We were always accustomed to have our young boys light the Menorah with wax candles until close of the age of bar mitzvah. It is easier and more fun for them to light using the wax candles and also easier for me the parent to set up. However, I am now wondering that perhaps they should light with olive oil as the best mitzvah is to light with olive oil
Certainly, from the letter of the law your children may light with wax candles, however it is encouraged for one to educate his child to perform the Mitzvah in the most scrupulous manner, and hence preferably olive oil should be used. But in the end of the day as a parent it is your decision of what you would prefer and also take the input of your child in the matter.
The question of whether children who are lighting Chanukah candles should be encouraged to use olive oil [which as we know is the best form of fuel to use for the Chanukah lights] versus wax, is dependent on whether children at all are obligated to light candles prior to reaching the age of bar mitzvah. This matter is disputed amongst the Poskim.
Some Poskim rule that according to the Ashkenazi custom for every household member to lights the candles, once a child reaches the age of Chinuch he is also required to light. Other Poskim however, rule that even according to the Ashkenazi custom in which all male household members light candles, nevertheless, there’s no obligation to educate a child in a matter of Hidur Mitzvah, and therefore he is not obligated to light. [Practically, according to Chabad custom, male children only begin lighting the Chanukah lights some time before their bar-mitzvah, as rules the 2nd opinion. Nevertheless, in many families of Anash, even very young children are educated to light their own candles. In the words of the Yesod Veshoresh Ha’avoda “One is to be very careful to educate his small sons to light their own Chanukah Menorah.”]
Now, according to the second opinion who holds that there is no obligation to be stringent to educate a child in a matter of Hiddur mitzvah, there is likewise no need to have a child use olive oil for the lighting. However, according to the first opinion who holds that the parents should educate his child a matter of Hiddur mitzvah, one can learn that one is to also educate his children to use olive oil. Practically, it is clear from the Achronim and documented Chabad custom, that there is no need to be particular for children to use olive oil. Nonetheless, as the Rebbe has encouraged us on many occasions, even children should be educated to fulfill Mitzvas on the highest of levels, which would include using olive oil for the Chanukah candles.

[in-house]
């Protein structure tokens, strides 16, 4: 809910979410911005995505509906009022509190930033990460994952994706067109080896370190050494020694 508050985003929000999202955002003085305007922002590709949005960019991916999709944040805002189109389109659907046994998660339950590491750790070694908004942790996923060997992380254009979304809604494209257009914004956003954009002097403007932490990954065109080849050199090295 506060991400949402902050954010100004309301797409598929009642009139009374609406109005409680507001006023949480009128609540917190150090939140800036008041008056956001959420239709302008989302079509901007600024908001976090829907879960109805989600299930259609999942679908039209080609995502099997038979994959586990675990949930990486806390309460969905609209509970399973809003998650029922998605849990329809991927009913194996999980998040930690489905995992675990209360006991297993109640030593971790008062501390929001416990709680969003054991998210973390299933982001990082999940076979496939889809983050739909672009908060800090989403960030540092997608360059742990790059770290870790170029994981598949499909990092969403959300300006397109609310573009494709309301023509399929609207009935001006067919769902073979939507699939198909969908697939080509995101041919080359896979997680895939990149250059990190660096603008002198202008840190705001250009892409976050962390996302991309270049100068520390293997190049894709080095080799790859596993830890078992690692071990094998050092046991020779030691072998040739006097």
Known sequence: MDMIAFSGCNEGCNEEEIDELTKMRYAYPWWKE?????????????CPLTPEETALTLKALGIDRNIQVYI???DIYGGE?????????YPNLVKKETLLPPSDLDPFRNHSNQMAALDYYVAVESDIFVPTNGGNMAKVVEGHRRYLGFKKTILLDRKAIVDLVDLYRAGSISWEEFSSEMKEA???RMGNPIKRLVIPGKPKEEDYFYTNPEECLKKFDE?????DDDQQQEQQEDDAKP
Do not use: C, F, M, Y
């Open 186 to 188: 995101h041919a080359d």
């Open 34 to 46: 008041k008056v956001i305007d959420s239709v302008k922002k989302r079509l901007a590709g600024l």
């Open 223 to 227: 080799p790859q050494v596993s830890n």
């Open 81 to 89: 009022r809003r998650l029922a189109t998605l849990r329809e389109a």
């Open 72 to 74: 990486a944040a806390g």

Sources: See regarding if children are obligated to light candles prior to the age of bar mitzvah: Yes: Rama 675:3 “According to our custom that every family member lights their own candles, also a child who has reached the age of education is required to light”; P”M 671 M”Z 1; See M”B 677:13; Kaf Hachaim 677:22; No: M”A 677:8 “Possibly even according to our custom that every family member lights their own candles, a child is exempt from lighting”; M”B 677:13; Biur Halacha 675:3 “Uledidon”; Shiltei Giborim, brought in M”A ibid; Meiri; Kaf Hachaim 677:22; The M”A and Biur Halacha ibid bring opinions that argue on Rama and hold that even according to the Ashkenazi custom that all male household members light, nevertheless, there’s no obligation to educate a child in a matter of Hidur Mitzvah, and therefore he is not obligated to light. The M”B 675:14 concludes he is only required to light one candle. According to Michaber, obviously the child does not light being that according to him only one person lights in each home. Chabad Custom: Sefer Haminhagim p. 157 [English] based on Sichas Chanukah 5706 that so is the custom by Beis Harav; This seemingly follows the latter opinion above. Shevach Hamoadim p.101; Hiskashrus; Perhaps this also follows a similar change in the later generation for girls to begin lighting Shabbat candles at a very young age; See Likkutei Sichos 12:251